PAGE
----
David Brooks speaks to Assistant Professor of Politics Susan Beechey’s class.
Whitman invited David Brooks, op-ed columnist for The New York Times, to give a lecture on Oct. 15 as part of a two-part political speaker series titled “The U.S. Presidential Debate.” Shampa Biswas, associate professor of politics and politics department chair, moderated the lecture.
From the outset, Brooks used humor as he framed his speech around a 1950s ethos of humility and modesty that has, he argued, been replaced by a “culture of self-advancement” characterized by self-promotion and individual consumption.
“It was refreshing to have a speaker at Whitman who wasn’t preaching to the choir,” said Alex Ponnaz ’11. “I found it interesting that he labels himself as a conservative when he’s so much more moderate than most conservatives today.”
Brooks offered that in the current political climate U.S. politicians often fail to tell the truth because when they do – about tax increases or cuts in spending – voters punish them.
“Everyone complains about our leaders,” Brooks said. “But we voters are no walk in the park, either. We tend to punish politicians who ask for sacrifice. But most people who go into politics do it for the right reasons. I think that’s true in the presidential race. I think we genuinely have two good men running against each other.”
Brooks went on to warn the audience that the U.S. faced three “cross-cutting problems”: rising debt, rising social inequality and the need to boost growth. He said these problems are in tension with each other, and balancing them would be a challenge that if not met would result in a “fiscal crack up.”
Brooks said that after spending the day at Whitman, the students left him feeling optimistic about America’s future.
“I’m pessimistic about government but optimistic about the country. I’m optimistic about the country, not only because I got to spend some time at a class here at Whitman. It’s a beautiful place,” Brooks said.
He added, “If you want to feel good about the country, look at people under 30. They are an incredibly wholesome and responsible generation …”
Ray Suarez speaks with students of Paul Apostolidis, associate professor of politics and Judge and Mrs. Timothy A. Paul chair of political science, at the Glover Alston Center.
Speaking at Maxey Auditorium on Oct. 23, Ray Suarez, senior correspondent for “The NewsHour” on PBS, offered a blunt assessment of the economic challenges facing the nation. But he started on a lighter note.
“I want to thank Whitman for bringing me out here and for arranging for me to go second, so I get the last word after my friend and colleague, David Brooks,” joked the veteran journalist. “Actually, I saw David last night before I left the office, and he said I was going to have a good time and that he really enjoyed his visit, and so far so good.”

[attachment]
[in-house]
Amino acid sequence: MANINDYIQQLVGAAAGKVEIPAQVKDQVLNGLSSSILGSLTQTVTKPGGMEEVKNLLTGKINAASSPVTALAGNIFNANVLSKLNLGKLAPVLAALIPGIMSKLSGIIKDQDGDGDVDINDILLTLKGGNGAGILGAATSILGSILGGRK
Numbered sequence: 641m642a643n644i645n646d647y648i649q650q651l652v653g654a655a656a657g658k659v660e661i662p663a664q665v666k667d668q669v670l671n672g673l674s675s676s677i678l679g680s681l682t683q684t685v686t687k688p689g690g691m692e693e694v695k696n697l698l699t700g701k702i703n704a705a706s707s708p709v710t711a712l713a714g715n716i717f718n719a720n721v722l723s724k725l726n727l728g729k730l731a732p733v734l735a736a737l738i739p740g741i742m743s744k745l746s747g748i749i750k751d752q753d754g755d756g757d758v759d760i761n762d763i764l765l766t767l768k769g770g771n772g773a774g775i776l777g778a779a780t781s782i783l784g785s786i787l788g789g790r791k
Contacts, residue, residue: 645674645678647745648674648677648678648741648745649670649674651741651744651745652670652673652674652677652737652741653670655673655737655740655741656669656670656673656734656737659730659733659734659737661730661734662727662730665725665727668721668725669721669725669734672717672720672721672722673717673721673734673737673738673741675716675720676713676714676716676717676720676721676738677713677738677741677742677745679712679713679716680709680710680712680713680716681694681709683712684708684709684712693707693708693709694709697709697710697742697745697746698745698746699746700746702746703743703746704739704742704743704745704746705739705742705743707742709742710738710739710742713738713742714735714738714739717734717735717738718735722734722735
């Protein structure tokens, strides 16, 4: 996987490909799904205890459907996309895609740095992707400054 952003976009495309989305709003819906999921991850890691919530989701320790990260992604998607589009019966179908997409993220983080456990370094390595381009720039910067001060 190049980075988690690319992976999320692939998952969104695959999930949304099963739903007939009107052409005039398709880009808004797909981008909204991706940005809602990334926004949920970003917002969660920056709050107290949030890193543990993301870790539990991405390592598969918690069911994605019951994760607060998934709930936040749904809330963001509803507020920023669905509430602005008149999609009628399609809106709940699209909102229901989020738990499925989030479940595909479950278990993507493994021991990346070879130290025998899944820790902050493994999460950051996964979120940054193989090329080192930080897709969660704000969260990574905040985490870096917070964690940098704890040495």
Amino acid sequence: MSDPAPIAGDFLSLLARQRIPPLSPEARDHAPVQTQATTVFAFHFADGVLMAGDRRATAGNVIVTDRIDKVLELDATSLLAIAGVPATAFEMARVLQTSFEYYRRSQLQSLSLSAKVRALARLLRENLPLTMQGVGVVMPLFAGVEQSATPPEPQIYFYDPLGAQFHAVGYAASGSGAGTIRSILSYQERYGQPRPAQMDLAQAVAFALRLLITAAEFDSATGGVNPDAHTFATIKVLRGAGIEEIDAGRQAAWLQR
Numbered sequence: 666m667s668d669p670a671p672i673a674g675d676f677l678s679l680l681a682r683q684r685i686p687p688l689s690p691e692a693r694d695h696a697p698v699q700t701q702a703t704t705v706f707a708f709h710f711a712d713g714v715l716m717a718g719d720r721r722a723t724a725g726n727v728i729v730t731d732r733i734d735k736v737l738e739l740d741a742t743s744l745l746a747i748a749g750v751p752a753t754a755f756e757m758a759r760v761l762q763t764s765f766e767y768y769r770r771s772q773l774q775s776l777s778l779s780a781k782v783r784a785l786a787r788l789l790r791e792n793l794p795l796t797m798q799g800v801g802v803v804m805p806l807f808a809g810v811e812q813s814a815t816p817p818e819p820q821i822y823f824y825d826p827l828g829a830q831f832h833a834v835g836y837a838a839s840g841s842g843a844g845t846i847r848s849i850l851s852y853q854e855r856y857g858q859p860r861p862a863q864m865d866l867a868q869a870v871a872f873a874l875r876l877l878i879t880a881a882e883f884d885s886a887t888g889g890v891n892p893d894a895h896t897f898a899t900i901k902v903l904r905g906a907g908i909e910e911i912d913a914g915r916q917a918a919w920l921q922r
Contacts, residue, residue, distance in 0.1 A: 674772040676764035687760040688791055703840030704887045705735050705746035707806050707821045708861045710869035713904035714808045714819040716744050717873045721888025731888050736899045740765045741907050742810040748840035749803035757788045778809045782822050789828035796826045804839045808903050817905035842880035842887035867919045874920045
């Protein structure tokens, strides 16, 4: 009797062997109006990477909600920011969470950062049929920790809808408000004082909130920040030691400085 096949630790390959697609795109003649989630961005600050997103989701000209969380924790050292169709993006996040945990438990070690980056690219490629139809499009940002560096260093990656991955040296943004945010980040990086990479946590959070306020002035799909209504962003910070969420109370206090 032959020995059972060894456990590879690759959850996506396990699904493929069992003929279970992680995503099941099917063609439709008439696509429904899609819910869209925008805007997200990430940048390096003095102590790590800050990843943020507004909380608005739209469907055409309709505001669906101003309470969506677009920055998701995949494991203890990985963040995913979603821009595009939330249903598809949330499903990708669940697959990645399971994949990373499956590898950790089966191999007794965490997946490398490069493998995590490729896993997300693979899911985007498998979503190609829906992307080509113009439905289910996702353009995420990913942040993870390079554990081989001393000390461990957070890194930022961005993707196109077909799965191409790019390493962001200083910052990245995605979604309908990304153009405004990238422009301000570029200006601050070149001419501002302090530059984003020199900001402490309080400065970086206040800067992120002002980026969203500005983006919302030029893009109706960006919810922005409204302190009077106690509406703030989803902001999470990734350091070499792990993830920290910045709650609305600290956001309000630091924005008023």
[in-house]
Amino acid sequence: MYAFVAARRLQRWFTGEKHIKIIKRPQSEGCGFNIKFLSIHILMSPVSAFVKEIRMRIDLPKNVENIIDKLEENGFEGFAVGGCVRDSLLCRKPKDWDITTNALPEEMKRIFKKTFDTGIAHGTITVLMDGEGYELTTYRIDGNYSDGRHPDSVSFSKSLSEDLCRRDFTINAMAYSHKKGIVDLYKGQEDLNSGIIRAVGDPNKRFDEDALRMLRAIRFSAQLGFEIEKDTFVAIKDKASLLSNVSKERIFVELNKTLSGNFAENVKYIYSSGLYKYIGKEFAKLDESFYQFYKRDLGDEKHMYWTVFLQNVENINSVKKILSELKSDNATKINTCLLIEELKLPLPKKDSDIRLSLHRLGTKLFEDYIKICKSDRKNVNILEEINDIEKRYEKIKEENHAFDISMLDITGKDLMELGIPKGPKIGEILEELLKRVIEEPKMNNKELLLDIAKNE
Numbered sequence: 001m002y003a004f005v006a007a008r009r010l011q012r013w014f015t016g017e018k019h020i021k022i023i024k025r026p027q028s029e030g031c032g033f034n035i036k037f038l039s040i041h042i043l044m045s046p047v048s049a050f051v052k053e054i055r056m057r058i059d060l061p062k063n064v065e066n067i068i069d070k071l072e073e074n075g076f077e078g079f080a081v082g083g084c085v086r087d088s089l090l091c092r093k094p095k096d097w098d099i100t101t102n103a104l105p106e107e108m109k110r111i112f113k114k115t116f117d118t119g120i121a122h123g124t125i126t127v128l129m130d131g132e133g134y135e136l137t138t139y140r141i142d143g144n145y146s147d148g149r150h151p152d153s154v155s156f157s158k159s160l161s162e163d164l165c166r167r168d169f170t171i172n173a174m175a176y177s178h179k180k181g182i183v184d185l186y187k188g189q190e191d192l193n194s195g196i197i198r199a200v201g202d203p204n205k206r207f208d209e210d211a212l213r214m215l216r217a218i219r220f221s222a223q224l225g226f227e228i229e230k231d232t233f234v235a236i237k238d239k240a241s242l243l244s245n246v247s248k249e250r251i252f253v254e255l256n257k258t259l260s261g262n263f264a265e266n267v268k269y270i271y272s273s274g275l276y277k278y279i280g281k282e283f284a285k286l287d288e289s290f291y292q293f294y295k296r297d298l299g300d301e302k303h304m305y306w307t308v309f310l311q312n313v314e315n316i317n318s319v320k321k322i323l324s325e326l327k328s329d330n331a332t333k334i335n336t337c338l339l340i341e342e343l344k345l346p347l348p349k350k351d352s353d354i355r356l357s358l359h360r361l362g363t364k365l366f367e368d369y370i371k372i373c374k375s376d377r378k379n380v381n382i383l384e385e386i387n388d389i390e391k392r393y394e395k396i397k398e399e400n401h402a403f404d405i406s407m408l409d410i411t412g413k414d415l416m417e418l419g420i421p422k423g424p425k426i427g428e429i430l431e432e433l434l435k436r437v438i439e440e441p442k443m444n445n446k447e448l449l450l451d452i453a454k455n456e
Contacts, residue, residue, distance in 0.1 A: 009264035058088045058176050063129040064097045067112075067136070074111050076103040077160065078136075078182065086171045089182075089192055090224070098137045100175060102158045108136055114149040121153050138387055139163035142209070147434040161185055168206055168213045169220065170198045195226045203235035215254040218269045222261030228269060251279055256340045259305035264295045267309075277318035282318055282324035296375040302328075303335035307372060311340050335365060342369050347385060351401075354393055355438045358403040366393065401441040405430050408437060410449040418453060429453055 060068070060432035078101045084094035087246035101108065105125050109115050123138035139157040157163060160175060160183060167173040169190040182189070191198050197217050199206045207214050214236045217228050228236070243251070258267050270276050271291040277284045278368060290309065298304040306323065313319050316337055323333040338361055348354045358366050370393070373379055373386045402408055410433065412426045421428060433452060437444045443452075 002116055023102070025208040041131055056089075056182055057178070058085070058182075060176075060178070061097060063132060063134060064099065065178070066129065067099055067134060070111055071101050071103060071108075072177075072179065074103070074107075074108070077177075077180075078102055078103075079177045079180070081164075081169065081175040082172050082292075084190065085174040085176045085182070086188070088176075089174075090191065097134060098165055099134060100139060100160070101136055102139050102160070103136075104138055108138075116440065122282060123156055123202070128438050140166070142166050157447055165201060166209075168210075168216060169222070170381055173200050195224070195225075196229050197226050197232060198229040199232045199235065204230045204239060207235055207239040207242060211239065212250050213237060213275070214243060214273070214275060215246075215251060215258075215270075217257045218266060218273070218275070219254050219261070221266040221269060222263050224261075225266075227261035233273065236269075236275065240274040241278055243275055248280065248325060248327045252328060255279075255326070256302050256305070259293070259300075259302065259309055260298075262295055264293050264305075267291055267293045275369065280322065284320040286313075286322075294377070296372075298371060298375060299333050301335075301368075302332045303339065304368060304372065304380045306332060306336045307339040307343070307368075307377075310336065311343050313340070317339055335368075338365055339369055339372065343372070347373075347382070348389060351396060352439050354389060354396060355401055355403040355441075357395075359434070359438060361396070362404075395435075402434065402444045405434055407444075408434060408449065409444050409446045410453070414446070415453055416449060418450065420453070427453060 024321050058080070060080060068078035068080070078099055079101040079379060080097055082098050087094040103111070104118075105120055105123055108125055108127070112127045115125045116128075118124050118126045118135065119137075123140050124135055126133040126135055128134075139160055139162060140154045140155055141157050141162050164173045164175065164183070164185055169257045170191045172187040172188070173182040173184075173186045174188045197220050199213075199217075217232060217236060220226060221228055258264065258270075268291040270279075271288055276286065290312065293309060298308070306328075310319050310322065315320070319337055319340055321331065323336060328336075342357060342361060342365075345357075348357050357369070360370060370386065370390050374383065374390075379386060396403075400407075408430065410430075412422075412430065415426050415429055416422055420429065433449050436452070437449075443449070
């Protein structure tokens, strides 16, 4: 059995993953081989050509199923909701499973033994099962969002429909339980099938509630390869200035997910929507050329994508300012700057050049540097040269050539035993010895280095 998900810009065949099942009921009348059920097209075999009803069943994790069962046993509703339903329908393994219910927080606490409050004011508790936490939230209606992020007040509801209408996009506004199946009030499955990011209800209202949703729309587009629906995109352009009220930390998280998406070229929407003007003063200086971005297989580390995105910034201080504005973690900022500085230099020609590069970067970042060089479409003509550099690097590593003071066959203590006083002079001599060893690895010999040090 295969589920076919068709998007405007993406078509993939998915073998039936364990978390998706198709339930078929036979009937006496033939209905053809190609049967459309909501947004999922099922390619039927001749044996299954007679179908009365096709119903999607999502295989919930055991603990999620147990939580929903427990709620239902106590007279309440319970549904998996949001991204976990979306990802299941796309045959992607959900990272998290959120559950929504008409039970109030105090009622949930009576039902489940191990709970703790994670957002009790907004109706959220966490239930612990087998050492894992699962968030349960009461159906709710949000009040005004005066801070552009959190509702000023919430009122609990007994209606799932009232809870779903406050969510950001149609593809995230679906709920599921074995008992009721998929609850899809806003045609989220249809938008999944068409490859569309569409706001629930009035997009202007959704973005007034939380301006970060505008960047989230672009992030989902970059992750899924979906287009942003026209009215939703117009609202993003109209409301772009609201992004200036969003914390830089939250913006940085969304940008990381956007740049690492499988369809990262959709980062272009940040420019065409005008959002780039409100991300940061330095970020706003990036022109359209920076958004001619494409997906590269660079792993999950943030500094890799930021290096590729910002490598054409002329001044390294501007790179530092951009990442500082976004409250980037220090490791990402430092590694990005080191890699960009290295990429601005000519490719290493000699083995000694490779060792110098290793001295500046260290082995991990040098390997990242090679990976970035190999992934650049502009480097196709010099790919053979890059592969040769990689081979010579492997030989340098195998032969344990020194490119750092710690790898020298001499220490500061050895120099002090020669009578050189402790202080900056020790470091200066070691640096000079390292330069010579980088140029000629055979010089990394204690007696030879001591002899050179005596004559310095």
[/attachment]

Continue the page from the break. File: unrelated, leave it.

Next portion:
Paul Apostolidis, professor of politics and Judge and Mrs. Timothy A. Paul chair of political science moderated Suarez’s lecture, which included a lively Q&A session. Suarez also met with small groups of students.
“In my view, Mr. Suarez drew attention in very compelling ways to the failure of both major presidential candidates to speak frankly about the depth of suffering involved in the ongoing economic crisis,” Apostolidis said.
In his speech, titled “Election 2012: The American Political Landscape,” Suarez covered topics central to the election, as well as those both candidates seem reluctant to address, such as the housing crisis, Social Security and climate change.
“Especially in a close election, neither candidate wants to take what is perceived as a risk to talk to this country’s citizens about how difficult the economic realities really are,” he said. “They can’t talk about what’s really going on in the world economy. So what’s considered ‘sayable,’ what’s discussable, what’s debatable, gets very narrow; too narrow to adequately reflect the depth of the challenge and the size of the danger in the coming years.”
Prior to his public lecture, Suarez praised the liberal arts for teaching students the value of learning for its own sake.
“These are all important things, no matter what you’re going to do for a living,” he said. “I value my liberal arts education, and I just put two kids through college, and I know they value theirs.”